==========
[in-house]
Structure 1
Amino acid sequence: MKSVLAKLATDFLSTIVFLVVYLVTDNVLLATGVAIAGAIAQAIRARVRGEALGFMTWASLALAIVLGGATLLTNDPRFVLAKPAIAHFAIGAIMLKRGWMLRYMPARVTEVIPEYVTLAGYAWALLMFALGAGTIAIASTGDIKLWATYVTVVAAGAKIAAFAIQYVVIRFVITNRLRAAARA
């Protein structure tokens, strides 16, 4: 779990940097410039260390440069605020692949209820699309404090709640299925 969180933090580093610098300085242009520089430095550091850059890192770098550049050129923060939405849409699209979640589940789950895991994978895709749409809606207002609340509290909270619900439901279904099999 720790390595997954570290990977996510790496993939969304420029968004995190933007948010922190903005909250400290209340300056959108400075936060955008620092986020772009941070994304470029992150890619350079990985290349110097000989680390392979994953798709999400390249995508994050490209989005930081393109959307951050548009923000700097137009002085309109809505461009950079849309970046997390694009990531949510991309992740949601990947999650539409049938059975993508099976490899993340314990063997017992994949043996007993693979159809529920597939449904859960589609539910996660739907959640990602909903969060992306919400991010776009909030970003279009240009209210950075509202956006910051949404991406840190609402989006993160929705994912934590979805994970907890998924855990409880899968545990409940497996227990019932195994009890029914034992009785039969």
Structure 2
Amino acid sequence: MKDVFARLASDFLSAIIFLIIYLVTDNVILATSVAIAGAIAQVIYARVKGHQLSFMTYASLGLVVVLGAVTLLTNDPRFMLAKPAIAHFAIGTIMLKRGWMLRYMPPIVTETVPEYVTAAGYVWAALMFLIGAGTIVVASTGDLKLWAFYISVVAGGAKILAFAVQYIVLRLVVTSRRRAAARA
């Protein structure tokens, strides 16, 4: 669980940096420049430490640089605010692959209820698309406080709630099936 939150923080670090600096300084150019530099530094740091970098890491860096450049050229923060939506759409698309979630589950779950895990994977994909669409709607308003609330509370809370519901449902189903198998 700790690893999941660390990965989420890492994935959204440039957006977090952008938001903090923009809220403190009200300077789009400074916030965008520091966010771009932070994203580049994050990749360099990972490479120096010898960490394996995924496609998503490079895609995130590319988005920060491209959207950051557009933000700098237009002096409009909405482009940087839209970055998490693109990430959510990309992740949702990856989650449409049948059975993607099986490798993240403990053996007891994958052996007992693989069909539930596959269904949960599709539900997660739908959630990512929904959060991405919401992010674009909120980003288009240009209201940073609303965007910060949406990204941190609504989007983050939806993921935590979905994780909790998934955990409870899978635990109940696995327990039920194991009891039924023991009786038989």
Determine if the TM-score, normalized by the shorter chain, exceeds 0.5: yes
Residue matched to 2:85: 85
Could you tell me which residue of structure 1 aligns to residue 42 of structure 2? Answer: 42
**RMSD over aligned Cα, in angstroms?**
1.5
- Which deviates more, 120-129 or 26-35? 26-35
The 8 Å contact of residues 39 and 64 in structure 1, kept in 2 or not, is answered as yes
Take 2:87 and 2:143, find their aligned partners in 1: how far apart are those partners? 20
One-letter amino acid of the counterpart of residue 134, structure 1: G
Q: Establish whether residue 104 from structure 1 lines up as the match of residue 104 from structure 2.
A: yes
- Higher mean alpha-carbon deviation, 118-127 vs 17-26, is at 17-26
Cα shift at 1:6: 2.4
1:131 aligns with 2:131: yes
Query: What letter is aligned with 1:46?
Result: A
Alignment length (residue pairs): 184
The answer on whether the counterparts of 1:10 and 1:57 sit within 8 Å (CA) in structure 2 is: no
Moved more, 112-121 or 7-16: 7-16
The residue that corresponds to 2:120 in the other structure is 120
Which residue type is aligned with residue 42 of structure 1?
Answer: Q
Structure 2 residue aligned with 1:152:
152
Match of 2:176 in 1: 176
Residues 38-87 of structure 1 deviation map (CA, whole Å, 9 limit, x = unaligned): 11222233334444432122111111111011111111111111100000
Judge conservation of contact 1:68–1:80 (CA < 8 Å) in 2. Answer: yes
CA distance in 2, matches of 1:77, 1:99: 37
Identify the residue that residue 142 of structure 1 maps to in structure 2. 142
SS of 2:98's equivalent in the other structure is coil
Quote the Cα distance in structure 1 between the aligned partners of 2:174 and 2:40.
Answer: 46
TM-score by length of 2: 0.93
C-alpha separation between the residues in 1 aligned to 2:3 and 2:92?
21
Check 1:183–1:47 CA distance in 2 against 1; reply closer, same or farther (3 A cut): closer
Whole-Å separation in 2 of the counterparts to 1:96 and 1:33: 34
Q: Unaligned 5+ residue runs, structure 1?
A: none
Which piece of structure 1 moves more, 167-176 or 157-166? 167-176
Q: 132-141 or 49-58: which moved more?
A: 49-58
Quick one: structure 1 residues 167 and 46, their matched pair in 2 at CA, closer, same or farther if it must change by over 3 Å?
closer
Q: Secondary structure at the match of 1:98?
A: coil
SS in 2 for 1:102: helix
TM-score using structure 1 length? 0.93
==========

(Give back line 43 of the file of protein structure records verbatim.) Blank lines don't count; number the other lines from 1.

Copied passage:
Check 1:183–1:47 CA distance in 2 against 1; reply closer, same or farther (3 A cut): closer